The Frankenwald (Franconian Forest) area is positioned in the far north of Bavaria where it meets Saxony and Thuringia. It is an area of beautiful, small mountains (oxymoron?) forested with beech, birch, and firs. Open valleys and farmlands and pleasantly interspersed. It is a place of terrific scenic beauty, fascinating cultural history, and lively and interesting people. I was able to spend a few days getting a short course in castles, museums, and other attractions of the area which I hope to share a taste of in this posting.
In this article, we’ll take a brief look at the German-German (Deutsch-Deutsches) Museum, the Lauenstein Confiserie, Bad Steben and its Therme, the European Bottle Glass Museum (Europäisches Flakonglasmuseum), the Slate Museum (Schiefermuseum) at Ludwigsstadt, and visits to four very different castles at Kulmbach, Kronach, Lauenstein, and Lichtenberg.
Other stories to check out from my time in the Frankenwald area include one about rafting near Wallenfels, the beer fairies of Hof, hiking in the Frankenwald, beer culture in the area, and future trips you can join me on.
The following images (captions above the images) give an idea of the cultural wealth of this beautiful area.
…. German-German Museum (Deutsch-Deutsches Museum) – deja-vu … I think I had been here before as a young soldier in 1976 back when there were East German guards in the towers and dogs walking the fence lines. Now it is a fascinating snapshot of something that is starting to fade from the collective consciousness … the partition of Germany for nearly fifty years beginning after 1945. Hundreds of people attempting to escape to the West were killed along the 850 mile border. Border fortifications included minefields, dogs runs, armed troops, and booby traps.
Where East German guards once stood:
East German border marker:
Colder times at the museum site — when the wall was manned:
Piece of the Berlin Wall:
Lauenstein Confiserie – if you like chocolate you would love this place. A beautiful shop in an ancient mill building with an astounding array of chocolate variations over a modern chocolate kitchen that you can observe in action through huge windows. Press a buzzer at the glass window and a worker will bring you your own chocolate and materials to decorate it. Once you are finished, they chill and package it for you to take with. The company sells there product through fine confectioners far and wide, as well as on their internet site. In their shop, they offer a huge variety of truffles, chocolates, and other candies. They are so serious about chocolate here that they even have a “Chocolosophy.”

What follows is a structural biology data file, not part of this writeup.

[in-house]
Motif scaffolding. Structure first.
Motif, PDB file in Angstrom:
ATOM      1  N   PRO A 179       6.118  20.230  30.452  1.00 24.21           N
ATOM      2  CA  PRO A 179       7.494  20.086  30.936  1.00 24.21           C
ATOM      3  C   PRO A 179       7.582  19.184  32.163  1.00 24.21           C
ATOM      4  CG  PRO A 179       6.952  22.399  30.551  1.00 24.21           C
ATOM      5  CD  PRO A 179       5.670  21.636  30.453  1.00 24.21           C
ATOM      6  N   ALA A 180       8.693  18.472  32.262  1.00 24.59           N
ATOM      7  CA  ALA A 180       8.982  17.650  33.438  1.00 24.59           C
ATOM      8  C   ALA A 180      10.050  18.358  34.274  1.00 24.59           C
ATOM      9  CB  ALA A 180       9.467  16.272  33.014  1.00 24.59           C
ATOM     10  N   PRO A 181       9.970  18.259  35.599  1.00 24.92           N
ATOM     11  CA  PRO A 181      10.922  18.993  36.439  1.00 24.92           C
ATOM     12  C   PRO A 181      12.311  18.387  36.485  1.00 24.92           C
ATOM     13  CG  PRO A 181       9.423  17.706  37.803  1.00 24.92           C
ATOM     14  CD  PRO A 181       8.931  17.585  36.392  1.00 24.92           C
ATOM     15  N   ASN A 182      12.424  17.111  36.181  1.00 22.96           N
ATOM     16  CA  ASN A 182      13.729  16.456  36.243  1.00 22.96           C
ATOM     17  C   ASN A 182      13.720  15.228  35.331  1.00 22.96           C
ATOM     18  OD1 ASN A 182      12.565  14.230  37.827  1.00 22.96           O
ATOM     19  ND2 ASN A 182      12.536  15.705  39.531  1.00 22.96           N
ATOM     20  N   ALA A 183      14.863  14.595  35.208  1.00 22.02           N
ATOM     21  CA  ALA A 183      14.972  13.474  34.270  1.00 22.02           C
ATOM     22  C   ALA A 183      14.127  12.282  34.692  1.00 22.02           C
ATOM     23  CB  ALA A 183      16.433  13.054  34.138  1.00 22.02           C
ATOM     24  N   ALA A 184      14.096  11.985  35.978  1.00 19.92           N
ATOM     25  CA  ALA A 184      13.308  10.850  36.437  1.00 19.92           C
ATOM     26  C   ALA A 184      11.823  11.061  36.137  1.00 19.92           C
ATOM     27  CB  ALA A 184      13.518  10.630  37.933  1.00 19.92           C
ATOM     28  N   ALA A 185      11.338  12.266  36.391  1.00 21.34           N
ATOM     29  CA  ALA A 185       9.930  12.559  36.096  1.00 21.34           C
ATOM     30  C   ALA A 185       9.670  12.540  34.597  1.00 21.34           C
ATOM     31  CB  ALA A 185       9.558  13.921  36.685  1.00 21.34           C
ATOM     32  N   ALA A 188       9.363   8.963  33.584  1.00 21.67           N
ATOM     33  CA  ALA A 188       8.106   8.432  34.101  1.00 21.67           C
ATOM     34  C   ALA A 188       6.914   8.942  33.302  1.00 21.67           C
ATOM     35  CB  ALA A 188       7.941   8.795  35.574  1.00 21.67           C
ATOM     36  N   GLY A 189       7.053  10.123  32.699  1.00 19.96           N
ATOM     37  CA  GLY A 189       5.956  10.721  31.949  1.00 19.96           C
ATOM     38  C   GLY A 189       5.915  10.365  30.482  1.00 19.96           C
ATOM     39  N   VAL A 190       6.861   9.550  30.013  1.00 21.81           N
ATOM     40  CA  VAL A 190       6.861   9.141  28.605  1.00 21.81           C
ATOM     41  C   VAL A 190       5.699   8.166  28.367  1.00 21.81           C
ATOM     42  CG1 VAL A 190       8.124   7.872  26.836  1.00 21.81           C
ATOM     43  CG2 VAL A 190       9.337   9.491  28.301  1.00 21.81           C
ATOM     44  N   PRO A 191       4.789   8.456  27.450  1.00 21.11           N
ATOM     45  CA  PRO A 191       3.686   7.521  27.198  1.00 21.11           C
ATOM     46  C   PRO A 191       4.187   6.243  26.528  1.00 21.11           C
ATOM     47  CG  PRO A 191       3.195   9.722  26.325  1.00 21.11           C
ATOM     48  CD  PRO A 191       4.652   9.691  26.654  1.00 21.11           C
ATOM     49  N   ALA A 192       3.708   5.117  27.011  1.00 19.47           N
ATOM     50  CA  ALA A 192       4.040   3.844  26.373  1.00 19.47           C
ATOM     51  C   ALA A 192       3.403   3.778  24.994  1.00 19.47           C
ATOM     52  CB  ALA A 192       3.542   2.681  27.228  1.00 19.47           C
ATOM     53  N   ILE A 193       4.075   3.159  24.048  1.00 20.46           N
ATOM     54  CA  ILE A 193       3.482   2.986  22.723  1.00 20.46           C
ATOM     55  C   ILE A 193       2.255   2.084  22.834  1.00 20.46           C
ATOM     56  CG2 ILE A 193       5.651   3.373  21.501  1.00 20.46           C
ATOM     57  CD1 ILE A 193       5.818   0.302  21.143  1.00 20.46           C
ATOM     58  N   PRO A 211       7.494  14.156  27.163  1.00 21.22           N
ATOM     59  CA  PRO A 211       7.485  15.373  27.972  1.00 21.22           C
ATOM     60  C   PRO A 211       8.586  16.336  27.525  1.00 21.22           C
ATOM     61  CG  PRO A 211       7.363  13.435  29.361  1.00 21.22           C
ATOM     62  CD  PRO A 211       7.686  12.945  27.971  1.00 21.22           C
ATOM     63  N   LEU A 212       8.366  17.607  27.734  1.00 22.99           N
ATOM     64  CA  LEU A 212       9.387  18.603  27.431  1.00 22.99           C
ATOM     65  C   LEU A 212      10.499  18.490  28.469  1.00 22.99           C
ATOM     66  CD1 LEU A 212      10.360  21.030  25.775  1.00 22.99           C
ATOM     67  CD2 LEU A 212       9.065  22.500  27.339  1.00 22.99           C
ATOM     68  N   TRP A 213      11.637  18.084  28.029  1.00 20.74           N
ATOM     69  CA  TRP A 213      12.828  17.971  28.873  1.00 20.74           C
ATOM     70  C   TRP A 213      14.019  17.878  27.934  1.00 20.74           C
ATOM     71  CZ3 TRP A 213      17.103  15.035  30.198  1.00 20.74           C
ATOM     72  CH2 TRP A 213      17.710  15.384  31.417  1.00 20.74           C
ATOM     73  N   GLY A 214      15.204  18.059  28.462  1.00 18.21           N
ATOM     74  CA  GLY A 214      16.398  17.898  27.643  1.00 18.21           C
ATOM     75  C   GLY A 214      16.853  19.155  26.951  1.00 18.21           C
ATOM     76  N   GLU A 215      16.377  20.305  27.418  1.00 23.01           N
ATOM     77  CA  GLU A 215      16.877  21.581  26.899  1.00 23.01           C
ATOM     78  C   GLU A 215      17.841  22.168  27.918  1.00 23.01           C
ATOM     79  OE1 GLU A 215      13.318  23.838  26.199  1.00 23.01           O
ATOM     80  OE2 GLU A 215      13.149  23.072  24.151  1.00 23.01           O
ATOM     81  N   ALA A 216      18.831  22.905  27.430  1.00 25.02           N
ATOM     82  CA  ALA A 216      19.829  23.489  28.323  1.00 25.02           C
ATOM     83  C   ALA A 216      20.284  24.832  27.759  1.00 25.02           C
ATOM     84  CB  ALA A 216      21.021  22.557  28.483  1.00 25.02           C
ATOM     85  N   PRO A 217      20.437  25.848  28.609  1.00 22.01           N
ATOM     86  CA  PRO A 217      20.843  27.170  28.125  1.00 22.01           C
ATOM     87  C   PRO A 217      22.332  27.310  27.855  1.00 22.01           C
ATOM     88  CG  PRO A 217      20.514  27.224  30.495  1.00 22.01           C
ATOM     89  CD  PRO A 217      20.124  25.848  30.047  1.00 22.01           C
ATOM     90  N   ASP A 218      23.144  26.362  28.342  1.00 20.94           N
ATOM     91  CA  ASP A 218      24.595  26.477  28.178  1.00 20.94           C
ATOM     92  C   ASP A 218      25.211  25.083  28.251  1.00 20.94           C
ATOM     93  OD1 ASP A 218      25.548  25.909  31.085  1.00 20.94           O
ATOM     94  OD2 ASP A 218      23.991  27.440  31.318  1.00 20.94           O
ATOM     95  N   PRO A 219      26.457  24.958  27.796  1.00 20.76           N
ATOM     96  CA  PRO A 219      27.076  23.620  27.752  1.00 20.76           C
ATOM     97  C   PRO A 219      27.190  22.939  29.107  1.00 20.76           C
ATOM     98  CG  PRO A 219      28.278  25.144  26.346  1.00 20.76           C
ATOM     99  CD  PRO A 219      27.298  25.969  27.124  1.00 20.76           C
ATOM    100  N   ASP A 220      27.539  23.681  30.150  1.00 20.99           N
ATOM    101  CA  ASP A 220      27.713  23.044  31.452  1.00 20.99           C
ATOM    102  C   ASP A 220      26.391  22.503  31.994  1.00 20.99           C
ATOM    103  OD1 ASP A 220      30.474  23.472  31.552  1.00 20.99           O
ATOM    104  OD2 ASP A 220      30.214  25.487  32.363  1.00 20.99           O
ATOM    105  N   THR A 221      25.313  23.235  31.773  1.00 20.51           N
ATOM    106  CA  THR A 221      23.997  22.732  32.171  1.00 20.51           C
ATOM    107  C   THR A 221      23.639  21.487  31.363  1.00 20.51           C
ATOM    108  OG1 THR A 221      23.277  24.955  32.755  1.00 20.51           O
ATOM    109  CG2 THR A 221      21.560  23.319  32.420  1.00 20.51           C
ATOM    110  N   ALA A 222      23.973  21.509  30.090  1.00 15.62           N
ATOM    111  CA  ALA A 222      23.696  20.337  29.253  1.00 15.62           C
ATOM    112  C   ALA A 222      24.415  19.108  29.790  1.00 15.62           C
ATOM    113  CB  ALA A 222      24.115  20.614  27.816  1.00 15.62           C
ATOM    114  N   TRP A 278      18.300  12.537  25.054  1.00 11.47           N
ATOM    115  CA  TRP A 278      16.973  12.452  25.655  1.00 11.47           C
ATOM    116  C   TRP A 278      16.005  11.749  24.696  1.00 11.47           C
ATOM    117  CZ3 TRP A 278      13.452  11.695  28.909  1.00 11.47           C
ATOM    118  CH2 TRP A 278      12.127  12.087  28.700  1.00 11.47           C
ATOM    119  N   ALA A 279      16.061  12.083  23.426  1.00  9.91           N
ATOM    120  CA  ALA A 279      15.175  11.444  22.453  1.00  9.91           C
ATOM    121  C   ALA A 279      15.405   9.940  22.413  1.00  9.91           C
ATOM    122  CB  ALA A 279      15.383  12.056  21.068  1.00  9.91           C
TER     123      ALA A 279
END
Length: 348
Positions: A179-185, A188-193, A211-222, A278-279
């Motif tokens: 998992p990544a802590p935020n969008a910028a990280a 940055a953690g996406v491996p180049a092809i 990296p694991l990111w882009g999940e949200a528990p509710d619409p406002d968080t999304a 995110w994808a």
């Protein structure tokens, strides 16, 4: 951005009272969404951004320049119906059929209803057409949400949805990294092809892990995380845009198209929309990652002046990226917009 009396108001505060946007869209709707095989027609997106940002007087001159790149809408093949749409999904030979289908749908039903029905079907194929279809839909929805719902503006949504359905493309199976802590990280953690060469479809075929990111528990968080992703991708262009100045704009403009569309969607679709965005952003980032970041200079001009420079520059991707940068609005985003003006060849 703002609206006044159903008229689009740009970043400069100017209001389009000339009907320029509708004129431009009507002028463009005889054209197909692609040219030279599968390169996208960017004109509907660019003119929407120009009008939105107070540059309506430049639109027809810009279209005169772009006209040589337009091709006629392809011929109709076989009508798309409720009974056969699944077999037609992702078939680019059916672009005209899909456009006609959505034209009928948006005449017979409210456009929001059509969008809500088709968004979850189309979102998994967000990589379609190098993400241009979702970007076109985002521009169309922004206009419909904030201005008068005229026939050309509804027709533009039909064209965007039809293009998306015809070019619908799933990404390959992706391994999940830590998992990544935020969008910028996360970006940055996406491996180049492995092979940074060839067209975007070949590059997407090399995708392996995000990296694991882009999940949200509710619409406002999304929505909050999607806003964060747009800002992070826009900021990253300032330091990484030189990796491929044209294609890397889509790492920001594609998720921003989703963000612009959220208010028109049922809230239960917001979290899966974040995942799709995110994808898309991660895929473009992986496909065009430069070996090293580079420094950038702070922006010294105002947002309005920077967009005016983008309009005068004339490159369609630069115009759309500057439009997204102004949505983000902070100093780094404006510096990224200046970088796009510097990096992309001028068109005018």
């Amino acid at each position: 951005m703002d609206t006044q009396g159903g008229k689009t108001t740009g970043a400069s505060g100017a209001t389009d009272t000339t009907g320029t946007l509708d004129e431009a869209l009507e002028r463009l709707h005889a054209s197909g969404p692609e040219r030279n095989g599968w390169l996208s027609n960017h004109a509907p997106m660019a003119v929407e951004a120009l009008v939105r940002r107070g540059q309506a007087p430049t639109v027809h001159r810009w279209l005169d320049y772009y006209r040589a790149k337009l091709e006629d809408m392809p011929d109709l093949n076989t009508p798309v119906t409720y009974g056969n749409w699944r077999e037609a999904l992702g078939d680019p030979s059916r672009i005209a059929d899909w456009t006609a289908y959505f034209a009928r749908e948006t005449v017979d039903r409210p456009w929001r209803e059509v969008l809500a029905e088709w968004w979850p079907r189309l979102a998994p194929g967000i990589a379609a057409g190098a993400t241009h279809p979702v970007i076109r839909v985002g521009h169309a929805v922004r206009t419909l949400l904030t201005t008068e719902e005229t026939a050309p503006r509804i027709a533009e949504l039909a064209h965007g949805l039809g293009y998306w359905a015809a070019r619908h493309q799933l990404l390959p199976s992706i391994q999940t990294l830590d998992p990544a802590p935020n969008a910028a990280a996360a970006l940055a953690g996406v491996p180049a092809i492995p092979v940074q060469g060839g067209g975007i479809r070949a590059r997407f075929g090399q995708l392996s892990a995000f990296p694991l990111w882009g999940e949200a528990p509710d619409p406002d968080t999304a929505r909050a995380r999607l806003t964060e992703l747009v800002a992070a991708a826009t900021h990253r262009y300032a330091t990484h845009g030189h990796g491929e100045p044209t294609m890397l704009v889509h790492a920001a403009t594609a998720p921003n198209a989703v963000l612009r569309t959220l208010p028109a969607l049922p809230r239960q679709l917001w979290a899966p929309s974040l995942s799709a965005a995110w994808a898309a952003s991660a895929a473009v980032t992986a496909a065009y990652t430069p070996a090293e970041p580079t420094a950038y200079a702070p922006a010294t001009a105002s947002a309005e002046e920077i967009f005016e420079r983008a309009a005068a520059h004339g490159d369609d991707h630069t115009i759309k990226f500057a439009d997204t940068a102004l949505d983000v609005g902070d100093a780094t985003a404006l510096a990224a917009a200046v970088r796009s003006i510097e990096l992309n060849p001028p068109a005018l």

…. Pretty weak decorating skills, but I can vouch that it tasted great none-the-less. Marzipan-filled heart:
The European Bottle Glass Museum (Europäisches Flakonglasmuseum) — this museum is in the Heinz glass factory, and I think it gets used frequently to orient customers to the 5000 year world history of glassmaking. Glassmaking has been a part of the history of the Frankenwald since the 1600’s and that history is related here as well. A primary product of Heinz-Glas, family-owned for more than 400 years, are very high end bottles for perfumes and the like. These guys relish challenges as I understand it. Customers can describe any bottle that they can imagine and these guys will figure out how to make it. A highlight is stepping into a catwalk above the ultra-high-tech factory floor — feeling and smelling the incredible heat of the processes. This would be a great place to be on a chilly day. Incredible machines chunk out beautiful glass products in the highly automated process. I wasn’t there at the right time for this, but I understand that once per month glass artisans demonstrate how bottles used to be made before today’s automated processes were developed.